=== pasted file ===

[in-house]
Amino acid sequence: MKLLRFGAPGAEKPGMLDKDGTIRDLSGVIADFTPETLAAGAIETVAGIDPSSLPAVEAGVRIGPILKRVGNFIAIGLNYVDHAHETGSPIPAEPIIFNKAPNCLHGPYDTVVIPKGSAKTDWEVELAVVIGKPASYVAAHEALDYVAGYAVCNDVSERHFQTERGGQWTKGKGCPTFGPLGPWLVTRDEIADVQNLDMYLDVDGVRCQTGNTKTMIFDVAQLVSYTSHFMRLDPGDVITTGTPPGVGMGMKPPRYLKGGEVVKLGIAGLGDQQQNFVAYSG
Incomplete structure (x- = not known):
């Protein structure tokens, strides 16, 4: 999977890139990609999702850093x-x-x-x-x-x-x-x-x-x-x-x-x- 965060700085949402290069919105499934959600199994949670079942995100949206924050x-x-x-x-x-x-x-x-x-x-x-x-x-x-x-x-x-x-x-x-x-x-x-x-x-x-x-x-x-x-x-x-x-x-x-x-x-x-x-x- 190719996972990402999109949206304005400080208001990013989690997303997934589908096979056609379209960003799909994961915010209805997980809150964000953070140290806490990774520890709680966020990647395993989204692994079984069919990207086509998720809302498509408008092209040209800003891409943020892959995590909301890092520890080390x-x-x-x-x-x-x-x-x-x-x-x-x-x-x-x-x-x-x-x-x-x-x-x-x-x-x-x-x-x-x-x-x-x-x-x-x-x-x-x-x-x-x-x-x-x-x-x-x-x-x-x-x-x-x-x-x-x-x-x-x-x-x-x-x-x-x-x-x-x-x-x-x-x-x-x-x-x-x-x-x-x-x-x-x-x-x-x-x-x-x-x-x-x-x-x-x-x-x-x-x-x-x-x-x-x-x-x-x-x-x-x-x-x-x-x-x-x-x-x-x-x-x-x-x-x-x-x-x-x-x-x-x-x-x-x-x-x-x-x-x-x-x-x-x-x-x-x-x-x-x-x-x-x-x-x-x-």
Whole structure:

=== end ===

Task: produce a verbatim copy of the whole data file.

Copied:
[in-house]
Amino acid sequence: MKLLRFGAPGAEKPGMLDKDGTIRDLSGVIADFTPETLAAGAIETVAGIDPSSLPAVEAGVRIGPILKRVGNFIAIGLNYVDHAHETGSPIPAEPIIFNKAPNCLHGPYDTVVIPKGSAKTDWEVELAVVIGKPASYVAAHEALDYVAGYAVCNDVSERHFQTERGGQWTKGKGCPTFGPLGPWLVTRDEIADVQNLDMYLDVDGVRCQTGNTKTMIFDVAQLVSYTSHFMRLDPGDVITTGTPPGVGMGMKPPRYLKGGEVVKLGIAGLGDQQQNFVAYSG
Incomplete structure (x- = not known):
């Protein structure tokens, strides 16, 4: 999977890139990609999702850093x-x-x-x-x-x-x-x-x-x-x-x-x- 965060700085949402290069919105499934959600199994949670079942995100949206924050x-x-x-x-x-x-x-x-x-x-x-x-x-x-x-x-x-x-x-x-x-x-x-x-x-x-x-x-x-x-x-x-x-x-x-x-x-x-x-x- 190719996972990402999109949206304005400080208001990013989690997303997934589908096979056609379209960003799909994961915010209805997980809150964000953070140290806490990774520890709680966020990647395993989204692994079984069919990207086509998720809302498509408008092209040209800003891409943020892959995590909301890092520890080390x-x-x-x-x-x-x-x-x-x-x-x-x-x-x-x-x-x-x-x-x-x-x-x-x-x-x-x-x-x-x-x-x-x-x-x-x-x-x-x-x-x-x-x-x-x-x-x-x-x-x-x-x-x-x-x-x-x-x-x-x-x-x-x-x-x-x-x-x-x-x-x-x-x-x-x-x-x-x-x-x-x-x-x-x-x-x-x-x-x-x-x-x-x-x-x-x-x-x-x-x-x-x-x-x-x-x-x-x-x-x-x-x-x-x-x-x-x-x-x-x-x-x-x-x-x-x-x-x-x-x-x-x-x-x-x-x-x-x-x-x-x-x-x-x-x-x-x-x-x-x-x-x-x-x-x-x-």
Whole structure: